Even though there are more registered nurses (RNs) in the health care field than any other single occupation, there still is a nursing shortage, according to the Bureau of Labor Statistics. There are many paths to becoming an RN. Some people start as an LPN and advance from there. Others take a short associated degree certification course, while others choose a Bachelor's Degree in nursing. No matter what path you choose or why you become an RN, you'll have to consider some positive and negative aspects of working in this field.
Disadvantage: Study Time
RNs take longer to train than licensed practical nurses (LPNs). Some LPN programs last for only a year, while RN programs range from two to four years. Students wishing to enter the field as quickly as possible should chose an LPN degree rather than an RN degree. RNs have more responsibilities, so the courses are typically more challenging as well.
Advantage: Job Outlook
There simply aren't enough nurses to fill the demand for them, according to the Bureau of Labor Statistics (BLS). As baby boomers experience an increased need for nursing homes, rehabilitation centers and hospital care, the demand for nurses will increase. The BLS estimates that openings for nursing positions will grow by 22 percent, which is better than for most other positions. RNs will likely have no trouble finding employment upon graduation.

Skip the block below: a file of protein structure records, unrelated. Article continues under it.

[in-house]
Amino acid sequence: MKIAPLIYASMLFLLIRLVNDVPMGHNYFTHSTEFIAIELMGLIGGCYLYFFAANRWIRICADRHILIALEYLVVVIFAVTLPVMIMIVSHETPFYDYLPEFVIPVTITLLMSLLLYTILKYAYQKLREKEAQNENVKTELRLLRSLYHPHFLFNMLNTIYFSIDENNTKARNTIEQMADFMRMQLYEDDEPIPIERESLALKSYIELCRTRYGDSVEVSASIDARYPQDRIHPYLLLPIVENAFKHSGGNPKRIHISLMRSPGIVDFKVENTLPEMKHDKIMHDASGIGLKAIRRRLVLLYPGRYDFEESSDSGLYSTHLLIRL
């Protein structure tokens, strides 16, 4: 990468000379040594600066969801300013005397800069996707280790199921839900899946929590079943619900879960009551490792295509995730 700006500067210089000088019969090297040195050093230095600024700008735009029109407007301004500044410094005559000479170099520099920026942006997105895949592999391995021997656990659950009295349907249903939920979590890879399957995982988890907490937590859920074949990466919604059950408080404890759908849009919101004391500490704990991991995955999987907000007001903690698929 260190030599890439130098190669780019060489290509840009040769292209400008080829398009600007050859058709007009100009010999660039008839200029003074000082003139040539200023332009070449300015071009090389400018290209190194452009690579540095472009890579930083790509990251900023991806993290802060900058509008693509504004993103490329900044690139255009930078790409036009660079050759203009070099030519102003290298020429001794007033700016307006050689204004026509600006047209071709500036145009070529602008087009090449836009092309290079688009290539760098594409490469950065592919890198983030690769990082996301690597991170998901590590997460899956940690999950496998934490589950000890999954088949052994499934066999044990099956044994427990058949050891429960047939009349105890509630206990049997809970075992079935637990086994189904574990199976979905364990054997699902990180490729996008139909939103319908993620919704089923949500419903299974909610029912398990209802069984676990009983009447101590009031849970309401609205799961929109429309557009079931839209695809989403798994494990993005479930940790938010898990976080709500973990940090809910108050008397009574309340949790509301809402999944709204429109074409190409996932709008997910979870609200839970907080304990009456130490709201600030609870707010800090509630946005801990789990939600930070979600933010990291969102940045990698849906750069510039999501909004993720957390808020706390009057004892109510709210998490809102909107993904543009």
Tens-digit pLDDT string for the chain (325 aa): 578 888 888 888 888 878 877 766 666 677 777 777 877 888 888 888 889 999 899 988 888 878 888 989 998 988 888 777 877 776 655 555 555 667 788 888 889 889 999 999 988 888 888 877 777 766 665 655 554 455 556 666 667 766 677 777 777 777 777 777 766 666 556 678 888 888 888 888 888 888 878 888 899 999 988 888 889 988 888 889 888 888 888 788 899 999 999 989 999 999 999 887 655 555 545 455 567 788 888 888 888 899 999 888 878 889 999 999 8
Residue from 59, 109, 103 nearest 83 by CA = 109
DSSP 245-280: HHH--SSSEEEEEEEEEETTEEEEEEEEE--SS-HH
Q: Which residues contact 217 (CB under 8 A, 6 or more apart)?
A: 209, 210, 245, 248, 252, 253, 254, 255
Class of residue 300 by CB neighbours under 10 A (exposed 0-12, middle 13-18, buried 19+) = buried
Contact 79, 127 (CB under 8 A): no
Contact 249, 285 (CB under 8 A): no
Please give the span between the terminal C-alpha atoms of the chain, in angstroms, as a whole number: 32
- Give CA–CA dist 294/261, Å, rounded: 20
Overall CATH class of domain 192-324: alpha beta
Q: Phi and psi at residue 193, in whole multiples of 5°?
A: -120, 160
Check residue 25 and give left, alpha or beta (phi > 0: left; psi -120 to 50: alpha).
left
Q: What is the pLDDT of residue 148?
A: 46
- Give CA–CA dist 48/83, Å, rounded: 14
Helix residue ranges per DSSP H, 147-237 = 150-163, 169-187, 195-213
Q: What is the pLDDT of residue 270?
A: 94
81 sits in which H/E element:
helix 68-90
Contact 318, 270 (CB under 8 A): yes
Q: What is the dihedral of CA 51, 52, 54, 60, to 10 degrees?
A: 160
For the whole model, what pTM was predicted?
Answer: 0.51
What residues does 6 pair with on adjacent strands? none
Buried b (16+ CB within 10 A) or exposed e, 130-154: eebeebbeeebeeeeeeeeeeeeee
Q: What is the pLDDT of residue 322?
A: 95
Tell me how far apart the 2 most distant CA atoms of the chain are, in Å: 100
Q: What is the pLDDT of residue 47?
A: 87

Disadvantage: Odd Hours
Nurses work long, odd hours--especially new nurses. It's common for nurses to work 12 to 18-hour shifts, and to work overnight, and on weekends and holidays. If no additional nurses can be found to cover a nursing shift, the nurse on duty may have to stay on for an even longer shift. People never stop getting sick or injured, so nurses must always be ready to care for them.
RNs have an especially broad range of skills, work long hours and literally have people's lives in their hands. Because of this, they are paid well. The BLS estimated that in 2008, the average nurse made $62,450. Some nurses made much more, topping out at $92,240. Even the lowest paid nurses still brought in $43,410. Increased financial aid for nurses and special nursing loans backed by the federal government give RNs a financial leg-up so they can afford their studies.